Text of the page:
Why Your Work-Life Should Never Be Built On The Silicon Valley Model

I have been reading Lab Rats: How Silicon Valley Made Work Miserable for the Rest of Us by Dan Lyons and I have been amazed that intelligent and incredibly talented people have become so obsessed with working for a Silicon Valley startup that they are willing to sacrifice not just their private lives, but their dignity and health as well.

Our work should be enjoyable and fulfilling, but it should not become all-consuming. Work is something we need to keep us mentally healthy. It gives us a purpose and a reason to get out of bed in the morning. It also provides an income so we can put food on the table and enjoy the benefits of living in an amazing world that allows us to travel to far off places that would have taken months to get to just 100 years ago. But that does not mean we should allow work to consume all our time. We need rest and relaxation too.

One reason you need time for yourself is to preserve your ability to be creative. Our creative ideas do not come from sitting in front of a computer screen twenty hours a day dealing with the same issues. They come from nature, from getting outside and spending time with friends and family and the experiences we have when we are not doing our work. You will never improve your skills doing the same stuff every day over long periods. To improve your skills you need time away from your work.

But far and away the most important reason you need to be taking sufficient rest is for your health. If you are not taking care of your health, then no matter how much money you earn working in a slavish startup culture, it will not be beneficial to you as you will not have the health, energy and vitality to enjoy it. Sure, you might think because you are still young you can slow down and take care of your health later, but that rarely happens. The damage you do to your health today will come back and haunt you later. Heart disease, back, shoulder and neck problems develop when you are young, and become debilitating in your later years. Is that obsession for money really worth that sacrifice?

Instead, you should be developing yourself. Building healthy, positive habits and seeing your work as a purpose. Developing real meaningful friendships will always be better than developing a network of acquaintances you only use to further your career.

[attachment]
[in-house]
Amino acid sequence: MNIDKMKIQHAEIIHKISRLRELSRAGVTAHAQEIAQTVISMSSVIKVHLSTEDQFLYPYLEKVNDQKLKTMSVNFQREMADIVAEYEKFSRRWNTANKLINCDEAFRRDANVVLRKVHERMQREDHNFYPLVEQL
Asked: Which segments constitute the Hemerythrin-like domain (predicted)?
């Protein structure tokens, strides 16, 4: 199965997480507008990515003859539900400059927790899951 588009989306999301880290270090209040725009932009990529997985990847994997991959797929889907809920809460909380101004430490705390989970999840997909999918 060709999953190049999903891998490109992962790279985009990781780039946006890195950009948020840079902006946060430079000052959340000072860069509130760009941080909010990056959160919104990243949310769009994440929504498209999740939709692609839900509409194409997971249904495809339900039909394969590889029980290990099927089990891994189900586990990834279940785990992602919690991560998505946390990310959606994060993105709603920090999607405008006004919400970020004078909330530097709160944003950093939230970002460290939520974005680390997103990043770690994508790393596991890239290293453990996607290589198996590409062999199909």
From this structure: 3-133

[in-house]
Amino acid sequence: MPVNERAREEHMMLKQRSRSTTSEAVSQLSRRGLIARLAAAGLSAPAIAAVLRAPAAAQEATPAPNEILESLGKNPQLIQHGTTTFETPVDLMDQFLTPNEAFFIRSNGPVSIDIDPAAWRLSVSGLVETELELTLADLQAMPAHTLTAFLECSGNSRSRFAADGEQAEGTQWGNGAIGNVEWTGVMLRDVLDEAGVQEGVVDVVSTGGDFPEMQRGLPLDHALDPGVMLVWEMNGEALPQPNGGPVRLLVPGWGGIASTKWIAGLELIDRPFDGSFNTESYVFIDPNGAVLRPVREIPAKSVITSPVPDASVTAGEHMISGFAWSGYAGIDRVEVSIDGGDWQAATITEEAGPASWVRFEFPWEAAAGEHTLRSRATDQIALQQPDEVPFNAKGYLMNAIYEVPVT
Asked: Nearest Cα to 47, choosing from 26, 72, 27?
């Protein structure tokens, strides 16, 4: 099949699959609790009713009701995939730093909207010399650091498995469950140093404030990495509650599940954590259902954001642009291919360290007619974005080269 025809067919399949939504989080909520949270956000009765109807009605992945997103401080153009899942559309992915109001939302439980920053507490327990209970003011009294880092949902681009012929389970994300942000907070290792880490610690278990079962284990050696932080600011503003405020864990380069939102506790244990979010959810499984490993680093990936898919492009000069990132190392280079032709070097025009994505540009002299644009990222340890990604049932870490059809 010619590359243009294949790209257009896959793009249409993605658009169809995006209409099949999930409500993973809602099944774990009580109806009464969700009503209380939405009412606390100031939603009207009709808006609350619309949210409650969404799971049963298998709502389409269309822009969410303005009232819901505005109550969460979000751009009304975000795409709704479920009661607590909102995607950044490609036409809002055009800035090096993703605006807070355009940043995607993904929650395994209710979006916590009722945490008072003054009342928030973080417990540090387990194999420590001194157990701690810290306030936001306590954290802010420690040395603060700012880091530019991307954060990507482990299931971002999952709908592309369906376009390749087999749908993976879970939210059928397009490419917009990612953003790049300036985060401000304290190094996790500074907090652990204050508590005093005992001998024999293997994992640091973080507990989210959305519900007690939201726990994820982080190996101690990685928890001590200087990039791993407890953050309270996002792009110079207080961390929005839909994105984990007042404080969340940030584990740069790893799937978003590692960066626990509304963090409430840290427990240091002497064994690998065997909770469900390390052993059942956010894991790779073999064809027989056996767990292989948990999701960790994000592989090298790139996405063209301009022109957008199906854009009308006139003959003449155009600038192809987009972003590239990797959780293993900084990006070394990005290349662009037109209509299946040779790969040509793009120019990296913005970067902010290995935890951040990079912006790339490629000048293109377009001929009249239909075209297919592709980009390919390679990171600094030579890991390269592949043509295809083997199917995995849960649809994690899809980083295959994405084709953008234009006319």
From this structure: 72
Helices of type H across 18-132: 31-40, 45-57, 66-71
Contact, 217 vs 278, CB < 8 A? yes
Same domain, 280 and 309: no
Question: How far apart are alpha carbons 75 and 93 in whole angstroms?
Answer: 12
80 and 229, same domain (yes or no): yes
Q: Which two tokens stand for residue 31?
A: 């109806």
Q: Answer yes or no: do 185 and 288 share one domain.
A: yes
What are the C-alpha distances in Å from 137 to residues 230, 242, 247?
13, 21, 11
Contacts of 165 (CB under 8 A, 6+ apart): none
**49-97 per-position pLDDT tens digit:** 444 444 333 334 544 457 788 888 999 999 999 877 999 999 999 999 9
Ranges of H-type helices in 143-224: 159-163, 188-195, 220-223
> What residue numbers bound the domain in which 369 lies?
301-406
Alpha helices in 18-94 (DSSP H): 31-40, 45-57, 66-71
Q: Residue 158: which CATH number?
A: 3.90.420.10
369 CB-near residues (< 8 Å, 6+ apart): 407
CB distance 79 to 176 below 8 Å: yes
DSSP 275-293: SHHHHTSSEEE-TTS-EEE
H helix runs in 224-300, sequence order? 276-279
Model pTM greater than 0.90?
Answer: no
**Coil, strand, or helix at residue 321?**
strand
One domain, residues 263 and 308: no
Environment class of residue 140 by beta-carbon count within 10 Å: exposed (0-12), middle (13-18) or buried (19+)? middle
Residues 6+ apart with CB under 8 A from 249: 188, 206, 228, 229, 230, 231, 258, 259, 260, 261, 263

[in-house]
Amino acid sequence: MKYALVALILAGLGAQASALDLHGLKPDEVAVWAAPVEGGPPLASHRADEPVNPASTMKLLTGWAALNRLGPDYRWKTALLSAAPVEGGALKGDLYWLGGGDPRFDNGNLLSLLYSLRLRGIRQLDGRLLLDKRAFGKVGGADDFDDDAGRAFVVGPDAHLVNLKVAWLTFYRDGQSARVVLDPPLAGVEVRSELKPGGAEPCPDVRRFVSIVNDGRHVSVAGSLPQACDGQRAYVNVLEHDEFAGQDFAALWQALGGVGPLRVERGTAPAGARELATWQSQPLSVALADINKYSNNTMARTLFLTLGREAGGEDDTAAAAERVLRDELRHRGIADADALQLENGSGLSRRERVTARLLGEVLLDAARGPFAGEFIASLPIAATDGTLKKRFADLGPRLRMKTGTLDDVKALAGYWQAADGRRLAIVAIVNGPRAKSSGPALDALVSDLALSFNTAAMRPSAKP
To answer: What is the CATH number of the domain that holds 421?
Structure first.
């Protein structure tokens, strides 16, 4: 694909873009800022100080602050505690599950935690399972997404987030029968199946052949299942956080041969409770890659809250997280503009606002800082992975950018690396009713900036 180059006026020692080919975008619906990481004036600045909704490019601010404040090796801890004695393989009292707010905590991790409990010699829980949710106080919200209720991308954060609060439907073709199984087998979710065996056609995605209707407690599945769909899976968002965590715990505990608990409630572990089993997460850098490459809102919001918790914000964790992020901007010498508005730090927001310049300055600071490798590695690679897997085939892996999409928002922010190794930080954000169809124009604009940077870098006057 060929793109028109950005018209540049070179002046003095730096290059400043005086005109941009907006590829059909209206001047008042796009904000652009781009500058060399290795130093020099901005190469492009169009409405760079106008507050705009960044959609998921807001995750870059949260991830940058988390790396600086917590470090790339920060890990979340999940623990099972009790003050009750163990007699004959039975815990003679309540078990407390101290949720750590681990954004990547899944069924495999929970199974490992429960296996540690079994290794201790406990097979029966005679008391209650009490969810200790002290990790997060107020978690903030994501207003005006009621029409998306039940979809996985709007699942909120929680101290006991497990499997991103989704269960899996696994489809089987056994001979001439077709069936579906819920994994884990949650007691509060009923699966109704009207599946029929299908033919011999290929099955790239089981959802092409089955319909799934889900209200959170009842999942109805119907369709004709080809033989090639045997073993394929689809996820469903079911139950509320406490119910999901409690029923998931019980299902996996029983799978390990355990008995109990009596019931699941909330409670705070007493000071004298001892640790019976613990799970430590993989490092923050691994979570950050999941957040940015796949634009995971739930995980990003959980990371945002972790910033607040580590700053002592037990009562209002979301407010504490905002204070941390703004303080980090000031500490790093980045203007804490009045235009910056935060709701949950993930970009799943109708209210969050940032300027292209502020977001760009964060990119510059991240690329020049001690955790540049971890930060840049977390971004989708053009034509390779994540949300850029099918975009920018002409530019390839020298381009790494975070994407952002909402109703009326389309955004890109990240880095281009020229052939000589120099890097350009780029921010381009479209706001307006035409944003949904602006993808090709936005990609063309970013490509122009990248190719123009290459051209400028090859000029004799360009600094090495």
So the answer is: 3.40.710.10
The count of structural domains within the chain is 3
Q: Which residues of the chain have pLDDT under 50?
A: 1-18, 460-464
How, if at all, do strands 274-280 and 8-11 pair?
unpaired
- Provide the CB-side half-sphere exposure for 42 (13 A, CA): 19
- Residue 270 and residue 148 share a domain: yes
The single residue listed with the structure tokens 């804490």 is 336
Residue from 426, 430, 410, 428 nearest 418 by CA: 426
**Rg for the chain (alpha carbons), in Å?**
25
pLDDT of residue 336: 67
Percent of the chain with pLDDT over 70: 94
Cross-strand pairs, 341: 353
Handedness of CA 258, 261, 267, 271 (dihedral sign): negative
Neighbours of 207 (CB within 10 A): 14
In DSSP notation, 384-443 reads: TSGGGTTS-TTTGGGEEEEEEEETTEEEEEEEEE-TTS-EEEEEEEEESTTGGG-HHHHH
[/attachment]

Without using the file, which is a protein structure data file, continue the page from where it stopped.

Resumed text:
Here are a few ideas that will go a long way to helping you develop the right mindset for a healthy, positive life.

Always make time for yourself

This needs to be a daily activity. Whether you meditate, exercise or journal you need time each day for yourself. Giving yourself thirty to sixty minutes each day to do something you love doing will give you the necessary mental space to relax, have fun and focus on yourself. Exercising, walking and meditating are three activities that should form a part of your daily life. It does not mean spending hours in the gym or out running, it just means you get around thirty minutes of physical activity each day and some quiet time to reflect and relax.

Never sacrifice your sleep time

As more and more scientific research is being published on the debilitating effects of not getting enough sleep, we should all be aware now of the dangers of persistent lack of sleep. Without the right amount of sleep each night, you will never be able to perform at your best. So take some time to work out how much sleep you need and make sure you get that each night.

The long-term damage consistent lack of sleep does to your health is just not worth it. Trying to do an all-nighter might sound heroic, but the reality is you are not going to be doing your best work or be efficient if you are in a state of sleep debt. You’d be far better stopping, getting a good night’s sleep and returning to your task refreshed and alert the next day.

Review your personal goals and objectives once a week

When we allow ourselves to become absorbed in the daily grind we lose sight of what is important to us as individuals. We are constantly fire-fighting at work and never stopping to look up to see if what we are doing is important to us as individuals.

This is why each week you should be reviewing what you have done and asking if what you did that week aligned with your personal goals and objectives. If your goal is to start your own business, for example, how much time did you spend developing your business ideas? How much time did you give to yourself and your personal relationships? If you spent all your time on your work issues, then you know you need to adjust things so you are giving yourself time to work on what is important to you.

Spend time with the people that matter to you

Relationships are important. We humans are social beings and we need that connection with people that matter to us. If you are not spending time with the people you love and instead spending all your time in your place of work thinking when I am rich I will be able to spend more time with my friends you are deluding yourself. Money never replaces real friendships. And you will never feel you have enough money.

Make sure you spend quality time each week with the people that matter to you. It will give you more balance and happiness than money ever will.

When you take a little time each week to work on yourself, your health and your relationships you will have far better balance in your life, you will find yourself much more relaxed and your creativity will explode. Now that’s a far better way to live your life than being a lab rat chasing something that will never bring you long-term happiness or health.

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Carl Pullein

Carl Pullein

I help people learn to manage their lives and time better so they can experience joy and build a life they are truly proud of. www.carlpullein.com